When Tutima returned after a long Cold war hiatus to its birthplace in the German watchmaking town of Glashütte, in the state of Saxony, it also began re-establishing itself as a maker of elegant, luxurious timepieces, in precious metal cases with lavishly decorated in-house calibers, after years of being known primarily as a purveyor of classically styled pilots’ watches with outsourced movements. The Patria collection began in grand style, with the unveiling of the Hommage Minute Repeater, the first minute repeater built entirely in Glashütte, in 2011, and has since grown to include a two-hander with small seconds, a model with a power reserve display, and the watch I had a chance to wear recently, the Tutima Patria Dual Time.
The Tutima Patria Dual Time is available in two dial versions, one with simple, applied, faceted rose-gold hour indices at the hour markers (as on my review watch), the other with vintage-look Arabic hour numerals. The former version is arguably more clean and elegant in character, though the latter is quite attractive as well; both feature opaline silver dials that resonate beautifully with the golden elements while also providing a string but subtle contrast with the gold hands. The watch has a 43-mm round case made of 18k rose gold, 11.2 mm thick and water-resistant to 50 meters. The case boasts soft, wrist-hugging curves, a gleaming polished finish, and a slightly domed sapphire crystal over the dial with nonreflective treatment. The onion-style crown is flanked by two large, sloping, shoulder-like crown guards.
The classical gold hour and minute hands, with their distinctive arrow tips, are hand-crafted and matte-finished along their chamfers. The extra-large subdial at 6 o’clock, with its subtle snailed finish, displays both the running seconds and a second time zone on a 12-hour scale. The dual-time function is made distinct from the seconds display with its use of a blued steel hand, and it is both simple to set and easy to read. Simply pull the gold crown to its first position and rotate it forward, or clockwise, to set the second time zone that you’ll want to keep track of while traveling, then rotate the crown in the opposite direction to set the main time on the gold hands. The 12-hour scale (rather than a more traditional 24-hour scale) makes the reading of the second time zone very intuitive, though admittedly it’s not immediately discernible whether it is daytime or nighttime hours in that zone.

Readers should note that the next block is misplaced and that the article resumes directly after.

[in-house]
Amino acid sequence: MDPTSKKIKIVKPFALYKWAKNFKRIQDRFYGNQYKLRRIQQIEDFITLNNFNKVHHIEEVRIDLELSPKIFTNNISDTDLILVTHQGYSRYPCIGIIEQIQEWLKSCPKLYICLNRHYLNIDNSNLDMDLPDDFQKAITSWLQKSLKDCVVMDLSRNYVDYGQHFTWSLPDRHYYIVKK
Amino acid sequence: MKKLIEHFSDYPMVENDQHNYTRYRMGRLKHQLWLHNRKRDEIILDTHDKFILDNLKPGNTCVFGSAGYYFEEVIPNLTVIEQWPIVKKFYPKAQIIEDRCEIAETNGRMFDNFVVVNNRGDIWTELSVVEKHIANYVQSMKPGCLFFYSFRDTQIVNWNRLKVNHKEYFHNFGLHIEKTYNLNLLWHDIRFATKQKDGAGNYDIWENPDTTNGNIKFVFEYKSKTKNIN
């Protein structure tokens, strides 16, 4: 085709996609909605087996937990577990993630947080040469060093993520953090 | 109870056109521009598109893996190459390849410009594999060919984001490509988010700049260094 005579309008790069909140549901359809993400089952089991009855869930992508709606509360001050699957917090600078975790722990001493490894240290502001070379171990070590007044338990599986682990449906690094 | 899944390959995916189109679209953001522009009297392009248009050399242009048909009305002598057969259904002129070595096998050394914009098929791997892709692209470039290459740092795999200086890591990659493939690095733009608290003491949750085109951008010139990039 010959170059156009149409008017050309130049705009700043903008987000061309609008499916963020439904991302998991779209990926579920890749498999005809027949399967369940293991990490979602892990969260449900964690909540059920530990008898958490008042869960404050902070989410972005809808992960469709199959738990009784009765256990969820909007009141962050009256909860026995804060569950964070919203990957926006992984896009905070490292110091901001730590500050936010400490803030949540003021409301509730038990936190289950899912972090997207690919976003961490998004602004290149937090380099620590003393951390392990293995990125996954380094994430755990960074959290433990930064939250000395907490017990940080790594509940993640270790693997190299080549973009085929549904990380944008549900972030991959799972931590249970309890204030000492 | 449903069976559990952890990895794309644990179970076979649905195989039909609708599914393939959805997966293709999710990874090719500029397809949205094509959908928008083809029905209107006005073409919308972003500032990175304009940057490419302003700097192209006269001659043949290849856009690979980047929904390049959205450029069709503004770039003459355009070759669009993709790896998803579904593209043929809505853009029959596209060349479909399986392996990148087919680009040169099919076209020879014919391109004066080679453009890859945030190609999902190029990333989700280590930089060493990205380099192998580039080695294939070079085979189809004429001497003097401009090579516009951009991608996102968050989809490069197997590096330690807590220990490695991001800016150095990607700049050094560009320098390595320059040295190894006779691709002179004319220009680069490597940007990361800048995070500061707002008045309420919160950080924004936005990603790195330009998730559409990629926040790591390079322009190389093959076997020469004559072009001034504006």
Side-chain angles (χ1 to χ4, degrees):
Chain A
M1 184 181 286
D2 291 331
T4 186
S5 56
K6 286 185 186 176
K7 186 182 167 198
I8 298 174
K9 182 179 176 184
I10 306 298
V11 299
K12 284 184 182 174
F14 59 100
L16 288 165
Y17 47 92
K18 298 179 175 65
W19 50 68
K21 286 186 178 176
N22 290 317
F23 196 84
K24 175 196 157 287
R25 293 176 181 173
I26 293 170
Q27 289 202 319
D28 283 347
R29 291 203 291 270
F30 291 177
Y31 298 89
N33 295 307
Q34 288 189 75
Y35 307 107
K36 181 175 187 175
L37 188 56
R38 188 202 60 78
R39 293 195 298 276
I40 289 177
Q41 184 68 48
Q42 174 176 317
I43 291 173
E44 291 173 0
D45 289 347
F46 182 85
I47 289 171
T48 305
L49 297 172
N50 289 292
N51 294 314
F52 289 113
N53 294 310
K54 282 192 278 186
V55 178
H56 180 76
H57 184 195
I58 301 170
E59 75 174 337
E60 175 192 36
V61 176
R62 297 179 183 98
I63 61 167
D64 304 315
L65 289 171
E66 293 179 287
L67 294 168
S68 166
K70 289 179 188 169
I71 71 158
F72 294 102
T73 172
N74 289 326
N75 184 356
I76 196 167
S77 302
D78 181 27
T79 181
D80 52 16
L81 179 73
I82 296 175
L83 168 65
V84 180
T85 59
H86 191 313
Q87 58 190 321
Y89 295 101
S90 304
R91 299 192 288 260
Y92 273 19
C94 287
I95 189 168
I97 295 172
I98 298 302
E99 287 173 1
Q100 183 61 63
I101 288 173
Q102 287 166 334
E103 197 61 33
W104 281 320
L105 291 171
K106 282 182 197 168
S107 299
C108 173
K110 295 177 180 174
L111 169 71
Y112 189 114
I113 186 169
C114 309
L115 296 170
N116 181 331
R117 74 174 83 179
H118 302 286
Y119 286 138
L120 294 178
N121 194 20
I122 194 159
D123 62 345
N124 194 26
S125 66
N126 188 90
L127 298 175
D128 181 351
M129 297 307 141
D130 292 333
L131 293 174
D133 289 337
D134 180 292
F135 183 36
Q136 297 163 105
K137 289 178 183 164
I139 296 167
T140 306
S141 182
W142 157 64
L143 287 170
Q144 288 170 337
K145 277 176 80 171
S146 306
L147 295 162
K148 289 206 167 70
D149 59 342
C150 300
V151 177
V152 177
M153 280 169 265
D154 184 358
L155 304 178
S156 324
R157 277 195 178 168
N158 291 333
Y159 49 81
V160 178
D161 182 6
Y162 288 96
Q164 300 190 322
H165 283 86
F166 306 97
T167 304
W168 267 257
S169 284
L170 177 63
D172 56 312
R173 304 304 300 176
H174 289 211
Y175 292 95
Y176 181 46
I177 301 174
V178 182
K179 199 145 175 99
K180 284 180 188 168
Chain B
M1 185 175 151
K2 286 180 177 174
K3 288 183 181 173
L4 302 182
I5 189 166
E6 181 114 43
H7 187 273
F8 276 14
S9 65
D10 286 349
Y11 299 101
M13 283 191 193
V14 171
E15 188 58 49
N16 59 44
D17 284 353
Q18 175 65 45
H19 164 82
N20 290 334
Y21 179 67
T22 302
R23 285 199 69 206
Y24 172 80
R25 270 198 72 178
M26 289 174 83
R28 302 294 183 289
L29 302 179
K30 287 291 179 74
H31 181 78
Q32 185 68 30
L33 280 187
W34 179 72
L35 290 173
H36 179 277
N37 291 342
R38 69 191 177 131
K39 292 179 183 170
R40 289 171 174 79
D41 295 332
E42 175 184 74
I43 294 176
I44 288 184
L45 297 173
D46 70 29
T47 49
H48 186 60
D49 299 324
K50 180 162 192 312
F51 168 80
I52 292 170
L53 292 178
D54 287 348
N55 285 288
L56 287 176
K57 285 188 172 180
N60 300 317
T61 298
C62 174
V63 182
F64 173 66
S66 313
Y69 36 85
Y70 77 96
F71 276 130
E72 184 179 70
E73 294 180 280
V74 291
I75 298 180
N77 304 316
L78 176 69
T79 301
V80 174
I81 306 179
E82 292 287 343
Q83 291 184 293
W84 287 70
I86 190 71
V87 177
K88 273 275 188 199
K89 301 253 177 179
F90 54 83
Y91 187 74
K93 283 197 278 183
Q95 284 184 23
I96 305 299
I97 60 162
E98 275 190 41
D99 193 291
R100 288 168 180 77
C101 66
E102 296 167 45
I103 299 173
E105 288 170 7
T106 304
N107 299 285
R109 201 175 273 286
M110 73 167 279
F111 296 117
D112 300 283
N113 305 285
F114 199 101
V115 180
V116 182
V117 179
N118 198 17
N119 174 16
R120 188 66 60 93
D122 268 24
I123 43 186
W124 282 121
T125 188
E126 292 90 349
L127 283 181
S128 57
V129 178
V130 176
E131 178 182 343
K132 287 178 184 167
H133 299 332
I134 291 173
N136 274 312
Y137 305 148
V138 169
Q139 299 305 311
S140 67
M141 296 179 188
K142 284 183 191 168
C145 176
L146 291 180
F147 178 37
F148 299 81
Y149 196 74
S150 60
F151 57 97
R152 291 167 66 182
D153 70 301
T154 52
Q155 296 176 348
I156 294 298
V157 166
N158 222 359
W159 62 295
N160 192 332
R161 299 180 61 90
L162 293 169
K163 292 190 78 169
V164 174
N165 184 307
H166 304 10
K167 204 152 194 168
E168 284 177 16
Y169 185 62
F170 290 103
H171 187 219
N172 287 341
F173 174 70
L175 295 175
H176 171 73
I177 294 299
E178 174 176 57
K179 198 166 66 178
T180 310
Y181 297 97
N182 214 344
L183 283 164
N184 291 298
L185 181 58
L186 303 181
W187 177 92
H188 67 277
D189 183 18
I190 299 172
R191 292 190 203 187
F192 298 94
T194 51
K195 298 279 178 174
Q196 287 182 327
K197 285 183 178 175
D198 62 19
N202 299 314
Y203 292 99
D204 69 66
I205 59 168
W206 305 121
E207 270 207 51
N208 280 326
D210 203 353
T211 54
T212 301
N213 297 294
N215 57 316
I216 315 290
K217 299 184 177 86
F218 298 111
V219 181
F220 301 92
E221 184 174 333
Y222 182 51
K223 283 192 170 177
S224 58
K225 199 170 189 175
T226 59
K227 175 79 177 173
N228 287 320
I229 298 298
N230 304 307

The watch’s manual-winding movement, Caliber 619, was developed and manufactured in-house at Tutima’s manufacture in Glashütte and is on display behind the watch’s sapphire exhibition caseback. A descendant of the groundbreaking Hommage Minute Repeater caliber, it features gold-plated parts and a traditional Glashütte three-quarter mainplate with a uniformly banded pattern that accentuates the three ruby jewels in their screwed gold settings. Each of its two steel crown wheels is finished with a sunburst pattern and has a special ratchet with steel springs polished on tinplate. The beveled edges of the skeletonized balance cock are hand-polished to a high gloss, and all screw heads are both blued and polished. An accurately drawn bevel runs along each screw’s slit and around the periphery of its head. The balance has 14 weight screws and four regulating screws, oscillates at a frequency of 21,600 vph, and is paired with a Breguet hairspring culminating in a manually crafted upward curve. The movement is equipped with a stop-seconds function to enable precise setting of the time on the watch’s hands. Fully wound, it stores a power reserve of 65 hours — a lengthy power reserve, of course, being quite beneficial in a watch that does not wind itself.
The Tutima Patria Dual Time (Ref. 6601-02) is mounted on a brown alligator strap, with a rose-gold pin buckle, which both harmonizes quite well with the warmth of the rose gold case and nestles comfortably against the wrist. At 43 mm in gold, the Patria Dual Time is a substantial watch in terms of both weight and breadth, but never overwhelming or unwieldy. The pared down simplicity of its dial, along with the sensuous and finely finished curves of its case, ensures that this Saxon timepiece makes a stylish addition to either a business casual or formal cocktail ensemble — and a particularly useful one if you’re traveling far from home for said business or cocktails.
The Tutima Patria Dual Time is priced at $19,500.
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Author: Mark Bernardo